The interface between antibiotic resistance and virulence in staphylococcus aureus
thesisposted on 27.02.2017 by Cameron, David Robert
In order to distinguish essays and pre-prints from academic theses, we have a separate category. These are often much longer text based documents than a paper.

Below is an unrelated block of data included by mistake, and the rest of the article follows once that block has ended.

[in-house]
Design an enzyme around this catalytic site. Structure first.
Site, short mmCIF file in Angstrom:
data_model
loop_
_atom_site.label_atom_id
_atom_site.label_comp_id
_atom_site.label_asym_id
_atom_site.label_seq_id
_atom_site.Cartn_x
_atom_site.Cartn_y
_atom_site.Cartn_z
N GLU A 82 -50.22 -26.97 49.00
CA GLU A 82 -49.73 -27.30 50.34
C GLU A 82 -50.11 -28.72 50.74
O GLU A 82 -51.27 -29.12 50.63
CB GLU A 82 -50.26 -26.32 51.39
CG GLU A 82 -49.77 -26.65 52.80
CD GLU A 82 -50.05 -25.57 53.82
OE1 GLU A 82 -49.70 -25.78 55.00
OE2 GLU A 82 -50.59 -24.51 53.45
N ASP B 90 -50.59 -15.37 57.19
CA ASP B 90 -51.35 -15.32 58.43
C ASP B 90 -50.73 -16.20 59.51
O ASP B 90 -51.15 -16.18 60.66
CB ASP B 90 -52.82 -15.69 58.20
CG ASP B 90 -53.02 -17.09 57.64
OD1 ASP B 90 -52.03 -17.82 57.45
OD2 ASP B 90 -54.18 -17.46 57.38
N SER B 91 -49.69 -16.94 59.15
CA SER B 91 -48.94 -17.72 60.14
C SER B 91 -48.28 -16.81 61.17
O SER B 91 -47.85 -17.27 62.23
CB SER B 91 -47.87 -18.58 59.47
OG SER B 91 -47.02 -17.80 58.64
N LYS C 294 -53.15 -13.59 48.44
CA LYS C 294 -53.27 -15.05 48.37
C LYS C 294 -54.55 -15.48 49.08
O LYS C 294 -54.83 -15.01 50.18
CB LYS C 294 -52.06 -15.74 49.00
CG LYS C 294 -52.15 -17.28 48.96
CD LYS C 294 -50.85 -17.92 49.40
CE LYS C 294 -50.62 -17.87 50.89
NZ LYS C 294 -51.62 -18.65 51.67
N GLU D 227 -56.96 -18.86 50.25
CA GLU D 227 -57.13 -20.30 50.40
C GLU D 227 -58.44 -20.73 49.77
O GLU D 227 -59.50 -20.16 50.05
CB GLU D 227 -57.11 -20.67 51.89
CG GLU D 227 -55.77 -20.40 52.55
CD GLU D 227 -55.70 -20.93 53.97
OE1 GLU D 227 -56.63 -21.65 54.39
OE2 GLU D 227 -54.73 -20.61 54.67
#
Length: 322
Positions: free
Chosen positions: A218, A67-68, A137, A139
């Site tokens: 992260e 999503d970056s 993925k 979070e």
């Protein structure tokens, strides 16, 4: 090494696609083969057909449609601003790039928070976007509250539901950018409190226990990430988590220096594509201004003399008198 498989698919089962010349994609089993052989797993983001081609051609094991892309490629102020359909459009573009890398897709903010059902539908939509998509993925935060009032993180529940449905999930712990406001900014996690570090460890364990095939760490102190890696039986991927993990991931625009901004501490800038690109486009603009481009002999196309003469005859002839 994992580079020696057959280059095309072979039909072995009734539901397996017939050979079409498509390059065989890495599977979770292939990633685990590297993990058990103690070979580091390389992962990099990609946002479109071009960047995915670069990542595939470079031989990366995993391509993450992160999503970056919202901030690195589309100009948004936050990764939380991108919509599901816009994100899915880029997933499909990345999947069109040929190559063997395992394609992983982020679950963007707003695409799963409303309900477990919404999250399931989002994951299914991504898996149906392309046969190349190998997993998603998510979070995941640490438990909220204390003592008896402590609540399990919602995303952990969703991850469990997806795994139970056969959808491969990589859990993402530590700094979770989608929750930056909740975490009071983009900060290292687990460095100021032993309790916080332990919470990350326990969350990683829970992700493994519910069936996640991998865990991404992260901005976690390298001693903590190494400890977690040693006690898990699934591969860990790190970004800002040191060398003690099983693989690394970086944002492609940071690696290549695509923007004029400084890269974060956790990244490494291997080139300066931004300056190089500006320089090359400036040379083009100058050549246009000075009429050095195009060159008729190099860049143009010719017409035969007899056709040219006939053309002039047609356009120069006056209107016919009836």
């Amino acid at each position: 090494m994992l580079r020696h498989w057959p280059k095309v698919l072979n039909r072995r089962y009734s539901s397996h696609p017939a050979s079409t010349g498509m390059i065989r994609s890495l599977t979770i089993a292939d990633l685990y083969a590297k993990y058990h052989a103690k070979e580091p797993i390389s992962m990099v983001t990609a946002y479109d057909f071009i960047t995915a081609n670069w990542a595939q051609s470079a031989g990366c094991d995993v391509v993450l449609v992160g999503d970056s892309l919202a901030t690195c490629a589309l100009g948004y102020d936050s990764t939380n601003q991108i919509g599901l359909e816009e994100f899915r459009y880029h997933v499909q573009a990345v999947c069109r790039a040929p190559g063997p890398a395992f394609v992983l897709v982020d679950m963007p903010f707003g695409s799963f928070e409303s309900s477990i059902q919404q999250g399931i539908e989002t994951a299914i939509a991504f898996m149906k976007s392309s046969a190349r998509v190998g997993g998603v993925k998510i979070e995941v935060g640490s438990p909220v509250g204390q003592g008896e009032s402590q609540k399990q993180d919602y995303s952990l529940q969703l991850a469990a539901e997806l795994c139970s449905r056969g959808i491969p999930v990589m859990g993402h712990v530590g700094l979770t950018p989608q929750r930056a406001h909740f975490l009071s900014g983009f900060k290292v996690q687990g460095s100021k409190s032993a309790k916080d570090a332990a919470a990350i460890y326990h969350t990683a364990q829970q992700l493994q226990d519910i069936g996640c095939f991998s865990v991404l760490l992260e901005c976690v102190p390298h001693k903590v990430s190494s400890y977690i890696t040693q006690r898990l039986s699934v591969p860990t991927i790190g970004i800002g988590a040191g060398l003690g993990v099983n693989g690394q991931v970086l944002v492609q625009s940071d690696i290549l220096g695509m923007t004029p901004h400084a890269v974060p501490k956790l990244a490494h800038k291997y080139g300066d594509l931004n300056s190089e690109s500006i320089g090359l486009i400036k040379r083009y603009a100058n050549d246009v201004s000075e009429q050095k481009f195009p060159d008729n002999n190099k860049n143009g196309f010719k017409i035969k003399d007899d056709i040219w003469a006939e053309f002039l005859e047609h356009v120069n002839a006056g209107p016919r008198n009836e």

Staphylococcus aureus is an extremely versatile bacterial pathogen. The organism colonises a significant proportion of the population, and for the most part, causes no problems. However, when given the opportunity, S. aureus can cause devastating infections such as bacteraemia, osteomyelitis, septic arthritis and endocarditis to name a few. Its clinical success is compounded by its remarkable capacity to develop antibiotic resistance. In fact, S. aureus has developed resistance mechanisms to combat virtually all antibiotics in the clinician’s arsenal. Reduced susceptibility to antibiotics considered ‘last-line’ such as vancomycin and daptomycin, has further complicated the treatment of invasive S. aureus infection. The genetic correlates for resistance to vancomycin and daptomycin are incompletely defined. Intriguingly, a number of the mechanisms described to date also appear to impact on S. aureus virulence. As such, the major focus of this thesis is twofold: 1) to define the pathogenic consequences of reduced antibiotic susceptibility in clinical S. aureus isolates; and 2) to describe novel genetic mechanisms that contribute to the interface between antibiotic susceptibility and virulence in this pathogen. In order to understand the pathogenic costs associated with reduced antibiotic susceptibility, we compared the virulence of multiple antibiotic-exposed clinical strains with that of their antibiotic naïve progenitors using a murine bacteraemia model. Strains with reduced susceptibility to vancomycin were significantly and consistently attenuated for virulence, however they showed a remarkable capacity to persist within the host. Similarly, virulence attenuation was observed for strains resistant to daptomycin. We employed next-generation whole genome sequencing and comparative genomics, identifying multiple gene mutations between paired isolates that appeared to impact upon susceptibility and virulence phenotypes. The first gene targeted was stp1, encoding a serine/threonine phosphatase. Deletion of stp1 led to an increase in MIC for vancomycin from 1.5 μg/mL to 3.0 μg/mL and this increase was found to be mediated by increased cell wall biosynthesis. Transcriptomic analysis revealed down-regulation of a number of virulence factors, and this was reflected by virulence attenuation for the stp1 deletion strain in vivo. Taken together, Stp1 was found to be critical to the interface between antibiotic susceptibility and pathogenicity in S. aureus. The second molecular system targeted in this thesis was the WalKR two-component system, and more specifically, its putative regulatory proteins YycH and YycI. Deletion of yycH and/or yycI resulted in an increase in MIC for vancomycin into the non-susceptible range (>2 μg/mL) and this phenotype was returned to wild-type levels upon gene complementation for each. YycH, YycI and WalK appeared to exist in a ternary protein complex and mutations associated with VISA were found to disrupt this interaction. Along with the physical interaction, removal of YycH and YycI impacted on known WalKR phenotypes - including autolysis - suggesting a regulatory role for the proteins. Using RNA-seq we observed down-regulation of multiple WalKR regulated genes including autolysins, suggesting YycH and YycI have a positive effect on the WalKR regulon, as opposed to a negative effect observed in other bacterial species. In addition, the deletion strains showed altered expression of key virulence factors (including surface proteins, complement inhibitors and polysaccharide capsule), which likely impact on host-pathogen interactions.